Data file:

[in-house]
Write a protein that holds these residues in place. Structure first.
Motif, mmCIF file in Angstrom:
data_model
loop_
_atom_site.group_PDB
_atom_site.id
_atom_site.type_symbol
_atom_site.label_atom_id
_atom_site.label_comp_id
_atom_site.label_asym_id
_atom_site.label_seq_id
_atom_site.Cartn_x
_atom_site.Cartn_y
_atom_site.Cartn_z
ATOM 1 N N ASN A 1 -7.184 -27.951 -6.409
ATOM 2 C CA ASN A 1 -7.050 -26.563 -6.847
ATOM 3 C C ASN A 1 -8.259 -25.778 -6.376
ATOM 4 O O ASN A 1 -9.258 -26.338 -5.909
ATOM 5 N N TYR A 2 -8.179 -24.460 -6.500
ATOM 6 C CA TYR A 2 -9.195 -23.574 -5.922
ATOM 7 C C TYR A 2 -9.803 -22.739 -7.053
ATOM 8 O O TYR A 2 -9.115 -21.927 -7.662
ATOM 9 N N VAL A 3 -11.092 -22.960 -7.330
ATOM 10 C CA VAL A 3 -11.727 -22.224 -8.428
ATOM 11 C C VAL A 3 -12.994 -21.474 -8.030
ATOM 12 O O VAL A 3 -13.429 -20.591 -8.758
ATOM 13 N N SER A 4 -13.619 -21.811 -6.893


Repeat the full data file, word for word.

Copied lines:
[in-house]
Write a protein that holds these residues in place. Structure first.
Motif, mmCIF file in Angstrom:
data_model
loop_
_atom_site.group_PDB
_atom_site.id
_atom_site.type_symbol
_atom_site.label_atom_id
_atom_site.label_comp_id
_atom_site.label_asym_id
_atom_site.label_seq_id
_atom_site.Cartn_x
_atom_site.Cartn_y
_atom_site.Cartn_z
ATOM 1 N N ASN A 1 -7.184 -27.951 -6.409
ATOM 2 C CA ASN A 1 -7.050 -26.563 -6.847
ATOM 3 C C ASN A 1 -8.259 -25.778 -6.376
ATOM 4 O O ASN A 1 -9.258 -26.338 -5.909
ATOM 5 N N TYR A 2 -8.179 -24.460 -6.500
ATOM 6 C CA TYR A 2 -9.195 -23.574 -5.922
ATOM 7 C C TYR A 2 -9.803 -22.739 -7.053
ATOM 8 O O TYR A 2 -9.115 -21.927 -7.662
ATOM 9 N N VAL A 3 -11.092 -22.960 -7.330
ATOM 10 C CA VAL A 3 -11.727 -22.224 -8.428
ATOM 11 C C VAL A 3 -12.994 -21.474 -8.030
ATOM 12 O O VAL A 3 -13.429 -20.591 -8.758
ATOM 13 N N SER A 4 -13.619 -21.811 -6.893